Speaking of scenarios, what is the process for deciding what makes a good ‘mission’ for something like this?
Saunston: First and foremost, being a simulation, we research what the real trains do on the routes we’re on. It’s a case of studying the real train timetables and finding out what the operators actually do with them – if a train terminates unexpectedly and runs back the other way, we find out why. Is it because there’s a driver change point or a servicing depot there? Is it because of a difference in the track or something? What are the operating reasons for it? We find all that out and try to incorporate all those elements into the scenarios, providing the sort of ‘back story’ for them. This way it’s all based on real operations because our experience is that’s what our users want. And, of course, if they want different experiences they have the option of using the in-game tools to create their own and putting them up for download on the Steam Workshop.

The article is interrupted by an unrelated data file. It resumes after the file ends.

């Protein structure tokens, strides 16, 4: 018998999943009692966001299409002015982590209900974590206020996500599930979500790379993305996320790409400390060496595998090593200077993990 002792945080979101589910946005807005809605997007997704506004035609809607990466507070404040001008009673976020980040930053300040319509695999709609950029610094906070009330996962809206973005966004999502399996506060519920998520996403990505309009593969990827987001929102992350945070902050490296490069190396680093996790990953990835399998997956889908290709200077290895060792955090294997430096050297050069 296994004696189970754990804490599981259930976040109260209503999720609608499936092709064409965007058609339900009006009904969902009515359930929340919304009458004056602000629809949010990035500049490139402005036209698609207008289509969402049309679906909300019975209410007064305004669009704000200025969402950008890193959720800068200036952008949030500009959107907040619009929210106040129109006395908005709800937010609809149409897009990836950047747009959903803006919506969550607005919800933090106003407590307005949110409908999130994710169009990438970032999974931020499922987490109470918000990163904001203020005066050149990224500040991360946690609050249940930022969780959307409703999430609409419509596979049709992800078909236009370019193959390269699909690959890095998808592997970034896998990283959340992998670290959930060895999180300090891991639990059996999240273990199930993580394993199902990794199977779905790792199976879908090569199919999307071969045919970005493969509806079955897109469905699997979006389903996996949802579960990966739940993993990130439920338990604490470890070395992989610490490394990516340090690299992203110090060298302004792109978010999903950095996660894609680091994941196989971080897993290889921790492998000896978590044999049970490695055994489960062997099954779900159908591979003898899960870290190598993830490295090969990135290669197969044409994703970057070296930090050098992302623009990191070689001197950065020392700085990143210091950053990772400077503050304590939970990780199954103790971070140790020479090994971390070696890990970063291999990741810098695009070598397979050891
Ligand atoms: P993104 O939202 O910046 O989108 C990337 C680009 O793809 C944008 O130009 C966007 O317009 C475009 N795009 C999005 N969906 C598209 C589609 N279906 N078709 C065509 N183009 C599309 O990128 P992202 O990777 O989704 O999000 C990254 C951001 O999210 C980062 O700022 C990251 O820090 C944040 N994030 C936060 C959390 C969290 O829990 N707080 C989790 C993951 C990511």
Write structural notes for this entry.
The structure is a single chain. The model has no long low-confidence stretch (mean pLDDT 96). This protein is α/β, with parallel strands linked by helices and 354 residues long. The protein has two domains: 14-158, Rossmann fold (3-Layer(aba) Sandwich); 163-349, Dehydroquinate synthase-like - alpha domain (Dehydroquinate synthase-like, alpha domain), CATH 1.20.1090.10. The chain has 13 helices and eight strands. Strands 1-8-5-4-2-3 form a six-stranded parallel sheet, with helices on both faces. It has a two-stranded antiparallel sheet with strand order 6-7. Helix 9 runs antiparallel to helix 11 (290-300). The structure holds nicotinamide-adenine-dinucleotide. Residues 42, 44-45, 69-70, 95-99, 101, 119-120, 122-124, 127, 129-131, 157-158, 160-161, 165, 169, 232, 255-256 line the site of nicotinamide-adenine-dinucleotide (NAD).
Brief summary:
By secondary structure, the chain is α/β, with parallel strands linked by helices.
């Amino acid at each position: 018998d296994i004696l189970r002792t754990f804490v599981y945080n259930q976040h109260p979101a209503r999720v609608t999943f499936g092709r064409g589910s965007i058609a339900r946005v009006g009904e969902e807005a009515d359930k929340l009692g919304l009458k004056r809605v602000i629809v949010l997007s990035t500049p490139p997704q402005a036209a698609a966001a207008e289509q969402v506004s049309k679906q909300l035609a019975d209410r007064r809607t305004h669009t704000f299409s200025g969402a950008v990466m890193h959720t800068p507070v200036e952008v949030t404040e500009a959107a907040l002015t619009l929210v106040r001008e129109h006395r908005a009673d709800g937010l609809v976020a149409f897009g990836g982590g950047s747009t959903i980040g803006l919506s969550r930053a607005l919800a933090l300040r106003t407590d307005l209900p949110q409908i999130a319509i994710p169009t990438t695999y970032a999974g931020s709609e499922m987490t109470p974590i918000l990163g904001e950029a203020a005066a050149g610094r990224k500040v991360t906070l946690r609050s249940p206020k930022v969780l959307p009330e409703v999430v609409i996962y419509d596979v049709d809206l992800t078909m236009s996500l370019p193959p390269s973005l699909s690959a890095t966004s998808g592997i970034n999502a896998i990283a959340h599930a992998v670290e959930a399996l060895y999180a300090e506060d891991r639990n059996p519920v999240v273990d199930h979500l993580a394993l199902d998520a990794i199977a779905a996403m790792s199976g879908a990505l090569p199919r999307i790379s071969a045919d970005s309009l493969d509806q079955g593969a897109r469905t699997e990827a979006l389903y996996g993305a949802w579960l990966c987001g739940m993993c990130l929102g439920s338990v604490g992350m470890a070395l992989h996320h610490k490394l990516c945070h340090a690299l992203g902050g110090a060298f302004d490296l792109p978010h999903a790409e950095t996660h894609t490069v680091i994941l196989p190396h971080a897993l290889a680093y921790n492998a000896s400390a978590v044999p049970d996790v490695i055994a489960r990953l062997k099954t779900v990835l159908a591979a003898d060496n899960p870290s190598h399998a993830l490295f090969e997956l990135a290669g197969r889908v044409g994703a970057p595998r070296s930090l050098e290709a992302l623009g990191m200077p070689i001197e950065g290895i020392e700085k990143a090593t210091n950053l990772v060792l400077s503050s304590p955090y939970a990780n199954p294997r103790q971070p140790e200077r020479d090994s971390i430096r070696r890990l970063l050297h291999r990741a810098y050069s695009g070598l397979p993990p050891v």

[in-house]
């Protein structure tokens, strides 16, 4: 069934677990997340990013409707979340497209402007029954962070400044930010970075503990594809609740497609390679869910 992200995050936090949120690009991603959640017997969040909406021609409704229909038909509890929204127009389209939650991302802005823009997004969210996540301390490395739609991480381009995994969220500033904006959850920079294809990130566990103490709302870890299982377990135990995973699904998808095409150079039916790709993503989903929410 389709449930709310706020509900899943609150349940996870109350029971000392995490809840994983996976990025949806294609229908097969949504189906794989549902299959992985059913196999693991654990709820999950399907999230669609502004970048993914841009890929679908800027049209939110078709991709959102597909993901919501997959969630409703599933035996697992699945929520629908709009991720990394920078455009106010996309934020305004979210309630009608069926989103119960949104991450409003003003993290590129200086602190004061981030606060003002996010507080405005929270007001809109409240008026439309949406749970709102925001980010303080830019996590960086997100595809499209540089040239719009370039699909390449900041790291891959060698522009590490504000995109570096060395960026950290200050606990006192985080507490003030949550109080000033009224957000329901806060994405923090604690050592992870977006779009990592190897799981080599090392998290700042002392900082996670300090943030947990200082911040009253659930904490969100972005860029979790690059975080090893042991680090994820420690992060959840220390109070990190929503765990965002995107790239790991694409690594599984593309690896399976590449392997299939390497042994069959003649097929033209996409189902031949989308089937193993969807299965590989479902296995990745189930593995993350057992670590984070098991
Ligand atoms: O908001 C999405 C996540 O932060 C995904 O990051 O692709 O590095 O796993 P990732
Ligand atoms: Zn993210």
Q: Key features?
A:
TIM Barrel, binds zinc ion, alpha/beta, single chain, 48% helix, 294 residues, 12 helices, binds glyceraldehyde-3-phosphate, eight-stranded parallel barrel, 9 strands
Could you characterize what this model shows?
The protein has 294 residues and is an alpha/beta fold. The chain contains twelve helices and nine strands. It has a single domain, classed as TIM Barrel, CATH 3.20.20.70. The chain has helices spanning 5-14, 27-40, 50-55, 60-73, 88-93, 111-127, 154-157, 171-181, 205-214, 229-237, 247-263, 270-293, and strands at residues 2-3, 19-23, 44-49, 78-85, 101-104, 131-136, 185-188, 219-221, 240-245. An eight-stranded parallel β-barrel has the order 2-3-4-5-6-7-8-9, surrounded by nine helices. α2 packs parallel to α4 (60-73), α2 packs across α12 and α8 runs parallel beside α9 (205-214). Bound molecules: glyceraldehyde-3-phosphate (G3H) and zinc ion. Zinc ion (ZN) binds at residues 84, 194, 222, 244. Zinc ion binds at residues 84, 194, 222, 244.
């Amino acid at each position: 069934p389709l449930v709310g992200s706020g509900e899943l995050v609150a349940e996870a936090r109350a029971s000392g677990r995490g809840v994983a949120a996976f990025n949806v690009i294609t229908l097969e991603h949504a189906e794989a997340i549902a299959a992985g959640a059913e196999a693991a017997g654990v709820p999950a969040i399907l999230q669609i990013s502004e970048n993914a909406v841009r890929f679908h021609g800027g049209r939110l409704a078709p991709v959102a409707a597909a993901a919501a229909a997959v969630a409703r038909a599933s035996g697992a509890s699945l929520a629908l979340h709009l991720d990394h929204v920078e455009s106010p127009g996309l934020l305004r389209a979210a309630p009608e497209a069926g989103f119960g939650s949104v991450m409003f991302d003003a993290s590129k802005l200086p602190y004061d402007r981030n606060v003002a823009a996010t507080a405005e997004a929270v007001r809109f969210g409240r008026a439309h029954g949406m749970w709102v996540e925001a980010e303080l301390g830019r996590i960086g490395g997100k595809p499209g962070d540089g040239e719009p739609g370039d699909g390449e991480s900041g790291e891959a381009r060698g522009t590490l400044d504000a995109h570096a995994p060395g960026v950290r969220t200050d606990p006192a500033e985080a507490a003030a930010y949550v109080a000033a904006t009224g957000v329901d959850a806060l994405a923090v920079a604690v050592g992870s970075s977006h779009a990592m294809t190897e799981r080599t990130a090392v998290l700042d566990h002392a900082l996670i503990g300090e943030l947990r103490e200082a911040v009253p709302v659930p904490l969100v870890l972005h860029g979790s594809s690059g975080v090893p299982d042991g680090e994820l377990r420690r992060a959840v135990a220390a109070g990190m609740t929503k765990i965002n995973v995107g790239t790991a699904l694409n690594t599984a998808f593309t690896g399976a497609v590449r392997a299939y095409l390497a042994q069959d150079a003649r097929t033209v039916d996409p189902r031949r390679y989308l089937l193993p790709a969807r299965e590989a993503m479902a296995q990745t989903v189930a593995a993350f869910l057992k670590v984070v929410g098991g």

Rissik: That’s a big part of it. The scenarios that we create are really only the start. The imagination of our customers is more exciting in a way. There are now more than 1,000 scenarios for people to download and enjoy. We point them in the right direction but it’s what the community do with those scenarios that I think is the most interesting.
Have you found yourself being surprised by what that community has created along the way?
Saunston: In terms of the uptake in the number of scenarios being created, that’s been very encouraging indeed. Every time we say how many it is we’re already out of date. The imagination and innovation being shown there, especially when you consider that we’re asking them to get right into the guts of the game engine, is fantastic.